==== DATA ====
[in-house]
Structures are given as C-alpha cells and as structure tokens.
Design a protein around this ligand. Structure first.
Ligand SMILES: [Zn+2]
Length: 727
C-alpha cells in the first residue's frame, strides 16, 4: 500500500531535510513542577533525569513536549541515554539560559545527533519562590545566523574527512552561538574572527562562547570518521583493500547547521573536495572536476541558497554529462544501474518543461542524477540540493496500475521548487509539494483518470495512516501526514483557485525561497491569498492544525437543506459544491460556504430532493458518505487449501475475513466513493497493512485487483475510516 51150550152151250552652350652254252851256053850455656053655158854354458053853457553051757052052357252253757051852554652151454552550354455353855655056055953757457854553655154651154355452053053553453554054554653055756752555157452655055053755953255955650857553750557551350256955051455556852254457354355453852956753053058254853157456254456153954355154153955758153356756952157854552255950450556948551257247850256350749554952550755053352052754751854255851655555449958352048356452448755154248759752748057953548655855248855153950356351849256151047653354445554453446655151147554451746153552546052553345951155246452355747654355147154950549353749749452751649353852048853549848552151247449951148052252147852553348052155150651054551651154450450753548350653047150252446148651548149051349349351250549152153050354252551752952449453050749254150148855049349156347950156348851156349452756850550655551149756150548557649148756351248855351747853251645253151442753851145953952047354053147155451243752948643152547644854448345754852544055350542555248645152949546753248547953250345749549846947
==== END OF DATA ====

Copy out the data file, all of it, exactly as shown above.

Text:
[in-house]
Structures are given as C-alpha cells and as structure tokens.
Design a protein around this ligand. Structure first.
Ligand SMILES: [Zn+2]
Length: 727
C-alpha cells in the first residue's frame, strides 16, 4: 500500500531535510513542577533525569513536549541515554539560559545527533519562590545566523574527512552561538574572527562562547570518521583493500547547521573536495572536476541558497554529462544501474518543461542524477540540493496500475521548487509539494483518470495512516501526514483557485525561497491569498492544525437543506459544491460556504430532493458518505487449501475475513466513493497493512485487483475510516 51150550152151250552652350652254252851256053850455656053655158854354458053853457553051757052052357252253757051852554652151454552550354455353855655056055953757457854553655154651154355452053053553453554054554653055756752555157452655055053755953255955650857553750557551350256955051455556852254457354355453852956753053058254853157456254456153954355154153955758153356756952157854552255950450556948551257247850256350749554952550755053352052754751854255851655555449958352048356452448755154248759752748057953548655855248855153950356351849256151047653354445554453446655151147554451746153552546052553345951155246452355747654355147154950549353749749452751649353852048853549848552151247449951148052252147852553348052155150651054551651154450450753548350653047150252446148651548149051349349351250549152153050354252551752952449453050749254150148855049349156347950156348851156349452756850550655551149756150548557649148756351248855351747853251645253151442753851145953952047354053147155451243752948643152547644854448345754852544055350542555248645152949546753248547953250345749549846947